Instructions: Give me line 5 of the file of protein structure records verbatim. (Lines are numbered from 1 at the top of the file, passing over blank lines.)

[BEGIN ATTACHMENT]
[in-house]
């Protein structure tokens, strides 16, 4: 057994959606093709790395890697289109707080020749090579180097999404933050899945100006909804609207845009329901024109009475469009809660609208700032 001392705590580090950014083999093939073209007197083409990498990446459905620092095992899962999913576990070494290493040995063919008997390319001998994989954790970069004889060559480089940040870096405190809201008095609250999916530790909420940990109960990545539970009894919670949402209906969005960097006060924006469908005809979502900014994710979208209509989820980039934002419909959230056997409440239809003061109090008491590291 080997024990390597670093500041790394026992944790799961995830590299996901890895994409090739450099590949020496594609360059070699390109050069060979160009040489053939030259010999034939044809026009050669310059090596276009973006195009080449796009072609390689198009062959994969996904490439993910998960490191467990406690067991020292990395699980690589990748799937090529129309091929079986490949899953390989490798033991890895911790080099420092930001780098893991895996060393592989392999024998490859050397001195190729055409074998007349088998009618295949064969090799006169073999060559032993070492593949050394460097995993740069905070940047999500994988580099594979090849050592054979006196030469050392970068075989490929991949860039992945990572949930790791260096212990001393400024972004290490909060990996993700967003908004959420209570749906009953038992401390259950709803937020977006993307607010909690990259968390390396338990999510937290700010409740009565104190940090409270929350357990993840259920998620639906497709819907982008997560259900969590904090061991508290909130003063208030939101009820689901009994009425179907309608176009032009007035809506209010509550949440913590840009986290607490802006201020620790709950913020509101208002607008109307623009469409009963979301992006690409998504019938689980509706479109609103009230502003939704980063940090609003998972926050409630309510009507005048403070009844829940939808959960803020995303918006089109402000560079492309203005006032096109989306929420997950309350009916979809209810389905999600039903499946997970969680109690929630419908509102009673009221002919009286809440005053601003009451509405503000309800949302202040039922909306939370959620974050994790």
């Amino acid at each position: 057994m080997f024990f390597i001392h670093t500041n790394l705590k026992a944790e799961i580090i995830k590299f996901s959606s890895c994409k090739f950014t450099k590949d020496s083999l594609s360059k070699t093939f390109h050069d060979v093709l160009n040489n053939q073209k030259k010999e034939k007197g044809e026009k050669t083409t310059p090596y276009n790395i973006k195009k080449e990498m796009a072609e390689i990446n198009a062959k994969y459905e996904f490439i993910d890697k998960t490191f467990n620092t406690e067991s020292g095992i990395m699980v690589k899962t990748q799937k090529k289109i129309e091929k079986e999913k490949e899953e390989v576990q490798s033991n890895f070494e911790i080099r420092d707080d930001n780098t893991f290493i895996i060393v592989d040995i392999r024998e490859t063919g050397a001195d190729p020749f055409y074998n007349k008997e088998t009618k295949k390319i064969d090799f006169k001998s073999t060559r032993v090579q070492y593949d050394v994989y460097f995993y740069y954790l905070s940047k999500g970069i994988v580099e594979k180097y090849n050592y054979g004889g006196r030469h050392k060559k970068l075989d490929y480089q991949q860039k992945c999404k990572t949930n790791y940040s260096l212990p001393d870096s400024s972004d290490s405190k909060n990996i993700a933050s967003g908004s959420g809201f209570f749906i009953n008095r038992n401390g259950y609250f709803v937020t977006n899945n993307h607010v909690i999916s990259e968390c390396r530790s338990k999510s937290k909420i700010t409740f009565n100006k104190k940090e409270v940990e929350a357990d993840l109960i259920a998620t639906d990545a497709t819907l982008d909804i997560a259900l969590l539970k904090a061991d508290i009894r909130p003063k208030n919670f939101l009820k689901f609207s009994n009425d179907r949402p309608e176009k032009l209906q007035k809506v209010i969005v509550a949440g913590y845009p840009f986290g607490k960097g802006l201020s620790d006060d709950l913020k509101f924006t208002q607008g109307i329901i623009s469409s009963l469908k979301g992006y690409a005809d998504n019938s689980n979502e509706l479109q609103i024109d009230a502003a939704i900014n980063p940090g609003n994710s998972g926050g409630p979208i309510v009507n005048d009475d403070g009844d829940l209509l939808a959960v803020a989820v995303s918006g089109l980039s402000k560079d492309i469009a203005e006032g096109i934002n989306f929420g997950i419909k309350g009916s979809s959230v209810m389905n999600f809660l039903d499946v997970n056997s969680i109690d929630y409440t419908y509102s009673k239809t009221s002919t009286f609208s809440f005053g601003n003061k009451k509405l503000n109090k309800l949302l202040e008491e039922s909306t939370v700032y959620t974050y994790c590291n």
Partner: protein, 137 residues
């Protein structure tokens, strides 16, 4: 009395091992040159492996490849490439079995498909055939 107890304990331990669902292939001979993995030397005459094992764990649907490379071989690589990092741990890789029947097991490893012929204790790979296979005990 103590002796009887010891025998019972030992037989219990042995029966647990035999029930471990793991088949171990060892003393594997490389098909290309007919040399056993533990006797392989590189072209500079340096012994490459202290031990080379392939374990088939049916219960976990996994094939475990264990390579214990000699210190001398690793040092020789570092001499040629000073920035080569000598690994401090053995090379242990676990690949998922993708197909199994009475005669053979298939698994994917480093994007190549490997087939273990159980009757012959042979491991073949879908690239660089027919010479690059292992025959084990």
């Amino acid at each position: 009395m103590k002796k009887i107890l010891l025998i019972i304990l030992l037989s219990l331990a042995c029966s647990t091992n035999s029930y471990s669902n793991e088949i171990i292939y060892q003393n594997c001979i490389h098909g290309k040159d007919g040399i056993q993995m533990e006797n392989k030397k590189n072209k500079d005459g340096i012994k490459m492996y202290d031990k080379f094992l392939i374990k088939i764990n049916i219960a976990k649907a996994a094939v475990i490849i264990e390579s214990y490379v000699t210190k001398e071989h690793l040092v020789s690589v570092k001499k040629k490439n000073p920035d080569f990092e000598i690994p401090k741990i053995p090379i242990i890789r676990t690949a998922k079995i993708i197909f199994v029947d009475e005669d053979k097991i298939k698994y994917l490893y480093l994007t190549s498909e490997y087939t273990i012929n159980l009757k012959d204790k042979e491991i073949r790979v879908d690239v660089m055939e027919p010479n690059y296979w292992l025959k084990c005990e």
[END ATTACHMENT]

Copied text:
């Protein structure tokens, strides 16, 4: 009395091992040159492996490849490439079995498909055939 107890304990331990669902292939001979993995030397005459094992764990649907490379071989690589990092741990890789029947097991490893012929204790790979296979005990 103590002796009887010891025998019972030992037989219990042995029966647990035999029930471990793991088949171990060892003393594997490389098909290309007919040399056993533990006797392989590189072209500079340096012994490459202290031990080379392939374990088939049916219960976990996994094939475990264990390579214990000699210190001398690793040092020789570092001499040629000073920035080569000598690994401090053995090379242990676990690949998922993708197909199994009475005669053979298939698994994917480093994007190549490997087939273990159980009757012959042979491991073949879908690239660089027919010479690059292992025959084990």